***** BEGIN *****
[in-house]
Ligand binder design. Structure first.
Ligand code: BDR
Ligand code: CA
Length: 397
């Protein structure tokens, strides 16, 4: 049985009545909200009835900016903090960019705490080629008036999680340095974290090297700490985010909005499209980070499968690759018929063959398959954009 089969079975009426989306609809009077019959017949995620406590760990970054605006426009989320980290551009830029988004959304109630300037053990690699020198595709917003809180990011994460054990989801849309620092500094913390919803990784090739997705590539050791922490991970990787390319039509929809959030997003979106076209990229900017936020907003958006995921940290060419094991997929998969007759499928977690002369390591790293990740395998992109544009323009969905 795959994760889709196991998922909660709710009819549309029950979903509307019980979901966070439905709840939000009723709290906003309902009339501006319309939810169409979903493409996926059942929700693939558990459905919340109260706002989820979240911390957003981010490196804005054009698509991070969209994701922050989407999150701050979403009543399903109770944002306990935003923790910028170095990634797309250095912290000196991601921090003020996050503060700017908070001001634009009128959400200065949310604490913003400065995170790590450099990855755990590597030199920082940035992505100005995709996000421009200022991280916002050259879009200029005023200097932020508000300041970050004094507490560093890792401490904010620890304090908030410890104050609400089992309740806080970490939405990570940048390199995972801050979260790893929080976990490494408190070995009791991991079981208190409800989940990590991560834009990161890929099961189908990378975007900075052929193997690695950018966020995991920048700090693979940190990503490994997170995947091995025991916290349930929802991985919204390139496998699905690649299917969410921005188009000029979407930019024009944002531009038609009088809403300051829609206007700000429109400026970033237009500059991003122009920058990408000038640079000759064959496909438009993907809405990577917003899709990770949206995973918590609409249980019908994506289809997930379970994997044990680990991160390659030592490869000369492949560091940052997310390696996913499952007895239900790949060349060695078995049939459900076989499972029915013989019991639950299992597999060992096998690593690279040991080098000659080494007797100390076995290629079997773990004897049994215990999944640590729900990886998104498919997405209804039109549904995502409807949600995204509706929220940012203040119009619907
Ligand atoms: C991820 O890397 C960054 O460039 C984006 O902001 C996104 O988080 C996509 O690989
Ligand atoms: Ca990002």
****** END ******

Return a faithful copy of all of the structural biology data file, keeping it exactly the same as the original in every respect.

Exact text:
[in-house]
Ligand binder design. Structure first.
Ligand code: BDR
Ligand code: CA
Length: 397
């Protein structure tokens, strides 16, 4: 049985009545909200009835900016903090960019705490080629008036999680340095974290090297700490985010909005499209980070499968690759018929063959398959954009 089969079975009426989306609809009077019959017949995620406590760990970054605006426009989320980290551009830029988004959304109630300037053990690699020198595709917003809180990011994460054990989801849309620092500094913390919803990784090739997705590539050791922490991970990787390319039509929809959030997003979106076209990229900017936020907003958006995921940290060419094991997929998969007759499928977690002369390591790293990740395998992109544009323009969905 795959994760889709196991998922909660709710009819549309029950979903509307019980979901966070439905709840939000009723709290906003309902009339501006319309939810169409979903493409996926059942929700693939558990459905919340109260706002989820979240911390957003981010490196804005054009698509991070969209994701922050989407999150701050979403009543399903109770944002306990935003923790910028170095990634797309250095912290000196991601921090003020996050503060700017908070001001634009009128959400200065949310604490913003400065995170790590450099990855755990590597030199920082940035992505100005995709996000421009200022991280916002050259879009200029005023200097932020508000300041970050004094507490560093890792401490904010620890304090908030410890104050609400089992309740806080970490939405990570940048390199995972801050979260790893929080976990490494408190070995009791991991079981208190409800989940990590991560834009990161890929099961189908990378975007900075052929193997690695950018966020995991920048700090693979940190990503490994997170995947091995025991916290349930929802991985919204390139496998699905690649299917969410921005188009000029979407930019024009944002531009038609009088809403300051829609206007700000429109400026970033237009500059991003122009920058990408000038640079000759064959496909438009993907809405990577917003899709990770949206995973918590609409249980019908994506289809997930379970994997044990680990991160390659030592490869000369492949560091940052997310390696996913499952007895239900790949060349060695078995049939459900076989499972029915013989019991639950299992597999060992096998690593690279040991080098000659080494007797100390076995290629079997773990004897049994215990999944640590729900990886998104498919997405209804039109549904995502409807949600995204509706929220940012203040119009619907
Ligand atoms: C991820 O890397 C960054 O460039 C984006 O902001 C996104 O988080 C996509 O690989
Ligand atoms: Ca990002």